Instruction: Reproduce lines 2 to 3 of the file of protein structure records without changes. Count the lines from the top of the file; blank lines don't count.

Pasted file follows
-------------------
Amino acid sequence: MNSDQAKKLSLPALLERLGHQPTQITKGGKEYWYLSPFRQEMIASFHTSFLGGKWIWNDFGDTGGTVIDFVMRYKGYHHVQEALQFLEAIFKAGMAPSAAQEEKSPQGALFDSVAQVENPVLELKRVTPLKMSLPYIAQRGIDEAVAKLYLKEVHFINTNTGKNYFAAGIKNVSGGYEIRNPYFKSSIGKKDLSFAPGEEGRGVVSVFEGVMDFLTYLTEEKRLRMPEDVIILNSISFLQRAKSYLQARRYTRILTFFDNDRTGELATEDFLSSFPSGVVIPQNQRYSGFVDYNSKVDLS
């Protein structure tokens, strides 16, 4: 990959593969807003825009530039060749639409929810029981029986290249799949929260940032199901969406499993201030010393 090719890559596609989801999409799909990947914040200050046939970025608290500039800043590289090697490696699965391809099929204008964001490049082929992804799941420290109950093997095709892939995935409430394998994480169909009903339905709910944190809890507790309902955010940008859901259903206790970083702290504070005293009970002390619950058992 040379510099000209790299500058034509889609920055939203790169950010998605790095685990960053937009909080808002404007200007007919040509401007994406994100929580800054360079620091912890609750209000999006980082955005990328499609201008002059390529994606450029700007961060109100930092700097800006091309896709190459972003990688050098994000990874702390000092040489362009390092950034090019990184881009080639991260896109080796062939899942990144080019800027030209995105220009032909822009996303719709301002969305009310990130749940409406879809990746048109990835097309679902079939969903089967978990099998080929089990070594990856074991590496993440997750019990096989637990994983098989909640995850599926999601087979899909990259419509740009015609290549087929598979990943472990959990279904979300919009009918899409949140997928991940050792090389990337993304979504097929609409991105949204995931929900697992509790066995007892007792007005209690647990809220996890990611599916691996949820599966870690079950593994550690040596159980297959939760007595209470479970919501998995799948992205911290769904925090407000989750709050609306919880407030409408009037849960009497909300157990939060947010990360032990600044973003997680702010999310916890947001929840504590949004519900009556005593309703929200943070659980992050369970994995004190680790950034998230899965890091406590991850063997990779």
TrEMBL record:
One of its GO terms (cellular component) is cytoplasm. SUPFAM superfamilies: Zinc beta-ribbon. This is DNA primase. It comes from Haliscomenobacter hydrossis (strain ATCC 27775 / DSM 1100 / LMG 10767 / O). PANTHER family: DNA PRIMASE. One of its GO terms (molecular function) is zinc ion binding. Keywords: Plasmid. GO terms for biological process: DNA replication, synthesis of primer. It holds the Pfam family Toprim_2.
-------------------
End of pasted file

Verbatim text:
């Protein structure tokens, strides 16, 4: 990959593969807003825009530039060749639409929810029981029986290249799949929260940032199901969406499993201030010393 090719890559596609989801999409799909990947914040200050046939970025608290500039800043590289090697490696699965391809099929204008964001490049082929992804799941420290109950093997095709892939995935409430394998994480169909009903339905709910944190809890507790309902955010940008859901259903206790970083702290504070005293009970002390619950058992 040379510099000209790299500058034509889609920055939203790169950010998605790095685990960053937009909080808002404007200007007919040509401007994406994100929580800054360079620091912890609750209000999006980082955005990328499609201008002059390529994606450029700007961060109100930092700097800006091309896709190459972003990688050098994000990874702390000092040489362009390092950034090019990184881009080639991260896109080796062939899942990144080019800027030209995105220009032909822009996303719709301002969305009310990130749940409406879809990746048109990835097309679902079939969903089967978990099998080929089990070594990856074991590496993440997750019990096989637990994983098989909640995850599926999601087979899909990259419509740009015609290549087929598979990943472990959990279904979300919009009918899409949140997928991940050792090389990337993304979504097929609409991105949204995931929900697992509790066995007892007792007005209690647990809220996890990611599916691996949820599966870690079950593994550690040596159980297959939760007595209470479970919501998995799948992205911290769904925090407000989750709050609306919880407030409408009037849960009497909300157990939060947010990360032990600044973003997680702010999310916890947001929840504590949004519900009556005593309703929200943070659980992050369970994995004190680790950034998230899965890091406590991850063997990779």
TrEMBL record: